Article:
In 2021, the voluntary turnover rate for our represented mental health employees was 11.5% in the Hawaii Market. While this is higher than we would like, it is far below the national health care worker attrition rate of 18.9%*. Retaining our talented employees is critical to meeting the growing demand for mental health care, and we are focused on working with our clinicians to address this challenge.
*Source Saratoga Benchmarking Data https://www.pwc.com/us/en/products/saratoga.html
Drawn Out Contract Negotiations
Kaiser Permanente has been dragging out the process of negotiating a new contract with NUHW.
Behavioral Health workers at Kaiser Permanente Hawaii first organized under NUHW in September 2018. NUHW declined all earlier attempts to schedule bargaining sessions. Negotiations finally started in January of 2020.
We are committed to continue bargaining in good faith to reach a mutually beneficial agreement.
Kaiser Permanente forces patients to wait weeks, even months for appointments.
Recognizing every person’s needs are unique, our clinicians work with each patient to independently develop a care plan that is clinically appropriate and tailored specifically for them.
When appointments are not readily available, we have an escalation process in place to support and triage patients with urgent needs to the appropriate care.
Kaiser Permanente’s integrated system provides a safety net for patients, offering added support to help members in crisis navigate to the care they need. Patients outside of an integrated system must frequently call multiple individual providers when seeking care.
Kaiser Permanente is at risk of losing accreditation from the National Committee on Quality Assurance (NCQA)
Kaiser Permanente Hawaii performed well on its recent routine NCQA accreditation survey (completed May 2022), and successfully achieved full 3-year NCQA accreditation status through May 11, 2025 for all applicable services.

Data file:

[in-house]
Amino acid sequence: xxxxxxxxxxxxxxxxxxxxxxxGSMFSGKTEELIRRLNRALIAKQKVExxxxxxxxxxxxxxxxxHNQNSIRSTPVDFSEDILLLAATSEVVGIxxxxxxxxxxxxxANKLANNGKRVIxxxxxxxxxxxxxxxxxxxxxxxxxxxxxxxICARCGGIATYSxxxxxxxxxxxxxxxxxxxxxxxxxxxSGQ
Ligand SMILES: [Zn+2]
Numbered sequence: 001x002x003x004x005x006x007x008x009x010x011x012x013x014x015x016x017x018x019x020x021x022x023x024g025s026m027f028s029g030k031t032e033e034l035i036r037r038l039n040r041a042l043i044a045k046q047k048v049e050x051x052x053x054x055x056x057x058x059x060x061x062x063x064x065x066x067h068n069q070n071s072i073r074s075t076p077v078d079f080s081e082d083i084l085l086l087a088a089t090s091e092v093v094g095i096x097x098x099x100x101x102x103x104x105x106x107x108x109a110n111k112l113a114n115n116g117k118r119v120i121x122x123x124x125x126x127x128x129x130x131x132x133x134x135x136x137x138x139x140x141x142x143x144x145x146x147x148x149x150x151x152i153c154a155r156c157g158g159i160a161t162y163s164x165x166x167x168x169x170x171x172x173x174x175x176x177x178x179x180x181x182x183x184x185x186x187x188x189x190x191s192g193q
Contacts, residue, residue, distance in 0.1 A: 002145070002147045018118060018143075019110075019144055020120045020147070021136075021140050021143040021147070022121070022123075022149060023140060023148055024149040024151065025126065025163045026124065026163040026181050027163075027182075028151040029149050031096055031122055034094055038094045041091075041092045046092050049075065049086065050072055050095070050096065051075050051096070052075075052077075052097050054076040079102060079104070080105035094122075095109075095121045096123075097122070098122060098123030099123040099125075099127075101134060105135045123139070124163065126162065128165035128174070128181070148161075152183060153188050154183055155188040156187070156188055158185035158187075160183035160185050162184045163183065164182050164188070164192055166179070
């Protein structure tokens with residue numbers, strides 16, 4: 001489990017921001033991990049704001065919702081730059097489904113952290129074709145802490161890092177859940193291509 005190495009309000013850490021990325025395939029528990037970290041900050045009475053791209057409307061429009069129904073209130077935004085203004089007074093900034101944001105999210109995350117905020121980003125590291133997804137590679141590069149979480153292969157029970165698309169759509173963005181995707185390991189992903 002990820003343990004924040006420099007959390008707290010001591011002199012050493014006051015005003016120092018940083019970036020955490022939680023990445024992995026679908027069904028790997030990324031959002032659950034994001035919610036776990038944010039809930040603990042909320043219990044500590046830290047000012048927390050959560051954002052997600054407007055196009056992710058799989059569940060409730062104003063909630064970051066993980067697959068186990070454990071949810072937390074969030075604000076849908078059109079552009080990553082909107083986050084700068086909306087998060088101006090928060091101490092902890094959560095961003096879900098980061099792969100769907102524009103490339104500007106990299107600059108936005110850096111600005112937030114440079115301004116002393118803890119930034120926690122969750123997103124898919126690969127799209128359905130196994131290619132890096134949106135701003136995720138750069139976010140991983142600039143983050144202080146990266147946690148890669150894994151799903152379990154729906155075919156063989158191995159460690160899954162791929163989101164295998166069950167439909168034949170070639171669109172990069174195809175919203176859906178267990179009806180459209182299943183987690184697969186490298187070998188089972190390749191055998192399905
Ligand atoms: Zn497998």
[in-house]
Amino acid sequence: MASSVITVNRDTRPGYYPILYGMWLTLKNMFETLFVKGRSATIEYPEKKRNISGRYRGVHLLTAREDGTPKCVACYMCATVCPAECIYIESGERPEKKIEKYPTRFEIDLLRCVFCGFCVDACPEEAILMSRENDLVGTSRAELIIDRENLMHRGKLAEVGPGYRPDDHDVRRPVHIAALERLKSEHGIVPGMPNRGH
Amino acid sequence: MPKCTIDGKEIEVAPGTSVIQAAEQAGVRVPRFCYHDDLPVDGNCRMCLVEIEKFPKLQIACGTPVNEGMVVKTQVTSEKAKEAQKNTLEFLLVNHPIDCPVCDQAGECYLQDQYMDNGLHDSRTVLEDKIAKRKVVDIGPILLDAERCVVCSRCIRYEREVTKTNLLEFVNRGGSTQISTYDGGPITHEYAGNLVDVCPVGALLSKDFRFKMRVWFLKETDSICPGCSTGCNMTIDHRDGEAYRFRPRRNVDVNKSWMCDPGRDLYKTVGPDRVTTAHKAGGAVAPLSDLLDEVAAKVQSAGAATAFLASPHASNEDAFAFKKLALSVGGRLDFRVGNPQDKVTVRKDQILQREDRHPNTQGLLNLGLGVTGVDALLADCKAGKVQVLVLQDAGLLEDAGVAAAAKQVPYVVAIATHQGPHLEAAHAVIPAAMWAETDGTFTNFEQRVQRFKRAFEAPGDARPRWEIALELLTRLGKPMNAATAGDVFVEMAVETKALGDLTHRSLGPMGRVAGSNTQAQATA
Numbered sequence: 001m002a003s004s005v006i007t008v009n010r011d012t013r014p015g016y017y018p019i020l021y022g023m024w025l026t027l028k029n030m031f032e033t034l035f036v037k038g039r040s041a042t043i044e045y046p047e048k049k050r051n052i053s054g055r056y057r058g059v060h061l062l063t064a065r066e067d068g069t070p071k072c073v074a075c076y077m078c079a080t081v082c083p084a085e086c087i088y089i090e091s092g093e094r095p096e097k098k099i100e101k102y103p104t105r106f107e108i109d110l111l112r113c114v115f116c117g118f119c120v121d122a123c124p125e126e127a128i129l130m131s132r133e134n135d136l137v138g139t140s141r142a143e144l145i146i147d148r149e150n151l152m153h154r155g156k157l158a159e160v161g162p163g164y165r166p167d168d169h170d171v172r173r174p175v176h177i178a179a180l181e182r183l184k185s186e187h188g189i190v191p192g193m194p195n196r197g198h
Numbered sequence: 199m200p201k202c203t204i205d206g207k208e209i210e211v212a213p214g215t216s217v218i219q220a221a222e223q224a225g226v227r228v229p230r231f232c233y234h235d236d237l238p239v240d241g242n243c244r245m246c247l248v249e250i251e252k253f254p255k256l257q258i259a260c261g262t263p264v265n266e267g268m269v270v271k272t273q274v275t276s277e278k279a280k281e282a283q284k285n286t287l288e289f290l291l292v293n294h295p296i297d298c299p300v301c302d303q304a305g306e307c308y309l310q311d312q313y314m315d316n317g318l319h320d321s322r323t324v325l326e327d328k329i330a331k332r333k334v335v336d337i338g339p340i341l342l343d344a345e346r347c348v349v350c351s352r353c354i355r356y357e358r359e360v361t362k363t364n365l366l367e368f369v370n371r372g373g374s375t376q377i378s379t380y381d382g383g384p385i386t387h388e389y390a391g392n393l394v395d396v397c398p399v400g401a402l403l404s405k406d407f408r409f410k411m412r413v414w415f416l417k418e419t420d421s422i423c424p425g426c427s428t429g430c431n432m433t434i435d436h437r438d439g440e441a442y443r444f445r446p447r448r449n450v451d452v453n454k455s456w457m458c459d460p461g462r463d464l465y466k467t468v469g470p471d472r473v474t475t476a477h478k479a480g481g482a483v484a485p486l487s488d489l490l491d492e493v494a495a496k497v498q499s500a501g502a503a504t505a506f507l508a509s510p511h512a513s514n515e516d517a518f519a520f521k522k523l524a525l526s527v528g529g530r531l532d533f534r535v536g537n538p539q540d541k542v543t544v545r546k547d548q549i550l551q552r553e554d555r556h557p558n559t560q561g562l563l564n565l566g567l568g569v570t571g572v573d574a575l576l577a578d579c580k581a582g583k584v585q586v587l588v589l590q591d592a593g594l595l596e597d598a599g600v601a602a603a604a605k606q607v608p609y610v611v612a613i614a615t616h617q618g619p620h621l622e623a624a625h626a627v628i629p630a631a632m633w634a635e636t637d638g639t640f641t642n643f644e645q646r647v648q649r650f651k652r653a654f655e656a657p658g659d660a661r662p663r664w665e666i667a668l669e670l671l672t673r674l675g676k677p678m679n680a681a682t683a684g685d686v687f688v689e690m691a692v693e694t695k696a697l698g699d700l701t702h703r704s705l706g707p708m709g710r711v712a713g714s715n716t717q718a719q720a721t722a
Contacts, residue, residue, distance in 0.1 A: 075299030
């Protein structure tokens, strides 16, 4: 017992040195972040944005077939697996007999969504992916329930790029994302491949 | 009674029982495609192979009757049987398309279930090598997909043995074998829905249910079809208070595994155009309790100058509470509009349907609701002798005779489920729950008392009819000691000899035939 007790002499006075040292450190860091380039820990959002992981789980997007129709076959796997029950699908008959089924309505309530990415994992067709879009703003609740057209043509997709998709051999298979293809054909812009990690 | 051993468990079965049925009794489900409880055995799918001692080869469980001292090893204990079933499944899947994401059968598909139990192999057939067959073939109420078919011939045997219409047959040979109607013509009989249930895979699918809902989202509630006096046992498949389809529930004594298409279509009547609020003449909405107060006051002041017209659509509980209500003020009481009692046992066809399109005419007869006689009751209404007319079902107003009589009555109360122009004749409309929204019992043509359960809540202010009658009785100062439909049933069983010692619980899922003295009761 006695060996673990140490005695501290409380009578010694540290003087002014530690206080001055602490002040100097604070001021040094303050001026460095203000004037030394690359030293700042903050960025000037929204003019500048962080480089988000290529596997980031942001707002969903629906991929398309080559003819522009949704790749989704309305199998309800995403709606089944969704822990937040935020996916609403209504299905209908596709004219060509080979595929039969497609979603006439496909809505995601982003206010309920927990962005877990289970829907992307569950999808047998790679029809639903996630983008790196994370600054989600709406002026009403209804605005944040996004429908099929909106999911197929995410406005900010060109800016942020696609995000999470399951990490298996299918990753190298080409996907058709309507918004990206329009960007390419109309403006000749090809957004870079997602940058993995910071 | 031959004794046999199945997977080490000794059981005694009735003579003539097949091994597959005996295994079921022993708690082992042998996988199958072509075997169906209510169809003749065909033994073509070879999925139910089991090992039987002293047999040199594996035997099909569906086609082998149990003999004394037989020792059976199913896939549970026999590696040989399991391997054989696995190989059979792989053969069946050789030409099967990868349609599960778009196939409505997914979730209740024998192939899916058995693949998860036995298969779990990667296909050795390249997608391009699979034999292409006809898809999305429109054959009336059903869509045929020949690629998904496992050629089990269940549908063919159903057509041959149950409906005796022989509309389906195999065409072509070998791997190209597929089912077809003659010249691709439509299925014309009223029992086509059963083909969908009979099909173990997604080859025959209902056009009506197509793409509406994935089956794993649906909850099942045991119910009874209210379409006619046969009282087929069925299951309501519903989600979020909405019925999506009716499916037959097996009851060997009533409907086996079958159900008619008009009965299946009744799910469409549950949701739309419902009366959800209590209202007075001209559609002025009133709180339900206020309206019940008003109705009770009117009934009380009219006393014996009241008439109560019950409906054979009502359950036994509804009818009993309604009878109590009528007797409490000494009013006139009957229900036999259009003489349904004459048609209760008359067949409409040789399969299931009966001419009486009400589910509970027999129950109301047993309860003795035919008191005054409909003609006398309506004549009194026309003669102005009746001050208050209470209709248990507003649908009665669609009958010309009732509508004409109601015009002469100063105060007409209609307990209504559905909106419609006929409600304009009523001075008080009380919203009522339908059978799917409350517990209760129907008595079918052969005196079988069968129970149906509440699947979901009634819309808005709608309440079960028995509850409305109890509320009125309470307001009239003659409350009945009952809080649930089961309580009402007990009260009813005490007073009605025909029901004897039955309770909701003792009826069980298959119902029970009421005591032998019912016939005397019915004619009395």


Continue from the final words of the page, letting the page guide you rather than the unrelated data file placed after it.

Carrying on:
Number Of Patients Per Provider
The approximately 60 NUHW-represented employees must care for all 260,000+ Kaiser Permanente Hawaii members.
The simplistic math of dividing Kaiser Permanente Hawaii’s total membership by NUHW-represented staff results in inflated caseload counts that are inaccurate and misleading for several reasons.
- Fewer than 8% of Kaiser Permanente Hawaii’s 260,000+ members seek mental health services in a given year based on our internal data from 2020 and 2021.
- The approximately 60 mental health clinicians represented by NUHW are just one part of our Kaiser Permanente Hawaii mental health care team, along with psychiatrists and additional behavioral health care staff.
- Approximately half of our behavioral health patients receive their care from practitioners such as our contracted mental health providers in the community, who are not involved with the strike.
- We continue to hire more clinical staff and are currently recruiting for 14 open positions for psychologists, LCSWs, and LMHP.
Workload And Burnout
Therapists maintain unsustainable workloads under tremendous circumstances, which has led to employee burnout and clinicians leaving for other jobs.
The pandemic has challenged our front-line care teams, including nurses, health care workers, physicians, and of course our mental health clinicians. We have the greatest respect and gratitude for our mental health professionals, and we are dedicated to supporting them in their important work.
Our therapists are scheduled for an average of 6 to 7 appointments per day. Our model provides our full-time therapists room to focus almost solely on their patients. In addition, we have an administrative structure in place to ensure an appropriate amount of preparation time, as well as time to support ongoing education.
Financial Issues On The Table
Kaiser Permanente Hawaiiʻs current offer on the table proposes a wage freeze for 60% of employees and benefit cuts.
Kaiser Permanente provides market competitive wages and benefits to attract and retain top-quality employees.
Wages and benefits for represented employees are negotiated at the bargaining table. We are committed to continuing bargaining in good faith to reach a mutually beneficial contract and we ask NUHW to join us to resolve our differences.
Kaiser Permanente only cares about profits
Despite these challenging times, we are committed to remaining an employer of choice for mental health professionals by continuing to offer our employees market-leading wages and benefits. However we, like every other health care provider, cannot continue to allow costs to grow beyond what our members can afford.